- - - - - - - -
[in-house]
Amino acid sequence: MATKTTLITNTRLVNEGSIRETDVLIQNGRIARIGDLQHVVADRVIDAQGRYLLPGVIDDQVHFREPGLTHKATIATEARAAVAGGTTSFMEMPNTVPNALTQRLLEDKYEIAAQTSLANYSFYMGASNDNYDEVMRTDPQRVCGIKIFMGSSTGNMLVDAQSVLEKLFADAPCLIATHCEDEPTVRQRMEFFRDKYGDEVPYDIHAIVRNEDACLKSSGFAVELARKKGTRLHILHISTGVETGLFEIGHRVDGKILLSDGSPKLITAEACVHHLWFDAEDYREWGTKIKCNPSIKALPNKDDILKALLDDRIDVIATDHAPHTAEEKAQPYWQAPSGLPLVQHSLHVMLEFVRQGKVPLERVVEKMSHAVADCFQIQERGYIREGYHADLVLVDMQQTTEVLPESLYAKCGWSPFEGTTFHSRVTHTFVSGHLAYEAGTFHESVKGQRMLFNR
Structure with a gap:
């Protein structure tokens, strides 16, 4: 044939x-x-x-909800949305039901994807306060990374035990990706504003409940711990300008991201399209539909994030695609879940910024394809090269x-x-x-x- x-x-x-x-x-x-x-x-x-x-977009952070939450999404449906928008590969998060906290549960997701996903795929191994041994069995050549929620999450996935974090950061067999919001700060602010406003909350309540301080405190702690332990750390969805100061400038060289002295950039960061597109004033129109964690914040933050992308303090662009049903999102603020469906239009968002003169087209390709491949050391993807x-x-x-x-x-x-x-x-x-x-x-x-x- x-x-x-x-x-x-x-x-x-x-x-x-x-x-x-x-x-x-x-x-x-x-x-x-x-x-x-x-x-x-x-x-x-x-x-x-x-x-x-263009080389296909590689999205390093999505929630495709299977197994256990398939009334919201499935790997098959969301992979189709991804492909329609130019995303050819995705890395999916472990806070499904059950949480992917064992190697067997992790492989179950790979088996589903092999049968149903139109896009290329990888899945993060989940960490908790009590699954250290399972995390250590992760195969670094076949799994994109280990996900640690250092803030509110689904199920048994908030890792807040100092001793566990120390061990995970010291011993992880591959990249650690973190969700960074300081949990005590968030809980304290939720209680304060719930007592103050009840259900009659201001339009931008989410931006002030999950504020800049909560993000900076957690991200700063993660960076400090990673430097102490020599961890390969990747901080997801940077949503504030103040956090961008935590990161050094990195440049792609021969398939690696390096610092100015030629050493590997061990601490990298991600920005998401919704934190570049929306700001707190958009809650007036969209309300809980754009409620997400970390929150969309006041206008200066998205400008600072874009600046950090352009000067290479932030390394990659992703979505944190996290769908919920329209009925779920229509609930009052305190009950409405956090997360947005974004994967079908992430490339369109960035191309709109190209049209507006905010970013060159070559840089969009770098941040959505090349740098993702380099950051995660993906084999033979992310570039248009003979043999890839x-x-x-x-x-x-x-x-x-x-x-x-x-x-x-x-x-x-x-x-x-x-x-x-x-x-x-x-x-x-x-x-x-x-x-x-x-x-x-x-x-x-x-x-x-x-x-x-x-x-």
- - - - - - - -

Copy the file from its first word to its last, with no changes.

[in-house]
Amino acid sequence: MATKTTLITNTRLVNEGSIRETDVLIQNGRIARIGDLQHVVADRVIDAQGRYLLPGVIDDQVHFREPGLTHKATIATEARAAVAGGTTSFMEMPNTVPNALTQRLLEDKYEIAAQTSLANYSFYMGASNDNYDEVMRTDPQRVCGIKIFMGSSTGNMLVDAQSVLEKLFADAPCLIATHCEDEPTVRQRMEFFRDKYGDEVPYDIHAIVRNEDACLKSSGFAVELARKKGTRLHILHISTGVETGLFEIGHRVDGKILLSDGSPKLITAEACVHHLWFDAEDYREWGTKIKCNPSIKALPNKDDILKALLDDRIDVIATDHAPHTAEEKAQPYWQAPSGLPLVQHSLHVMLEFVRQGKVPLERVVEKMSHAVADCFQIQERGYIREGYHADLVLVDMQQTTEVLPESLYAKCGWSPFEGTTFHSRVTHTFVSGHLAYEAGTFHESVKGQRMLFNR
Structure with a gap:
């Protein structure tokens, strides 16, 4: 044939x-x-x-909800949305039901994807306060990374035990990706504003409940711990300008991201399209539909994030695609879940910024394809090269x-x-x-x- x-x-x-x-x-x-x-x-x-x-977009952070939450999404449906928008590969998060906290549960997701996903795929191994041994069995050549929620999450996935974090950061067999919001700060602010406003909350309540301080405190702690332990750390969805100061400038060289002295950039960061597109004033129109964690914040933050992308303090662009049903999102603020469906239009968002003169087209390709491949050391993807x-x-x-x-x-x-x-x-x-x-x-x-x- x-x-x-x-x-x-x-x-x-x-x-x-x-x-x-x-x-x-x-x-x-x-x-x-x-x-x-x-x-x-x-x-x-x-x-x-x-x-x-263009080389296909590689999205390093999505929630495709299977197994256990398939009334919201499935790997098959969301992979189709991804492909329609130019995303050819995705890395999916472990806070499904059950949480992917064992190697067997992790492989179950790979088996589903092999049968149903139109896009290329990888899945993060989940960490908790009590699954250290399972995390250590992760195969670094076949799994994109280990996900640690250092803030509110689904199920048994908030890792807040100092001793566990120390061990995970010291011993992880591959990249650690973190969700960074300081949990005590968030809980304290939720209680304060719930007592103050009840259900009659201001339009931008989410931006002030999950504020800049909560993000900076957690991200700063993660960076400090990673430097102490020599961890390969990747901080997801940077949503504030103040956090961008935590990161050094990195440049792609021969398939690696390096610092100015030629050493590997061990601490990298991600920005998401919704934190570049929306700001707190958009809650007036969209309300809980754009409620997400970390929150969309006041206008200066998205400008600072874009600046950090352009000067290479932030390394990659992703979505944190996290769908919920329209009925779920229509609930009052305190009950409405956090997360947005974004994967079908992430490339369109960035191309709109190209049209507006905010970013060159070559840089969009770098941040959505090349740098993702380099950051995660993906084999033979992310570039248009003979043999890839x-x-x-x-x-x-x-x-x-x-x-x-x-x-x-x-x-x-x-x-x-x-x-x-x-x-x-x-x-x-x-x-x-x-x-x-x-x-x-x-x-x-x-x-x-x-x-x-x-x-």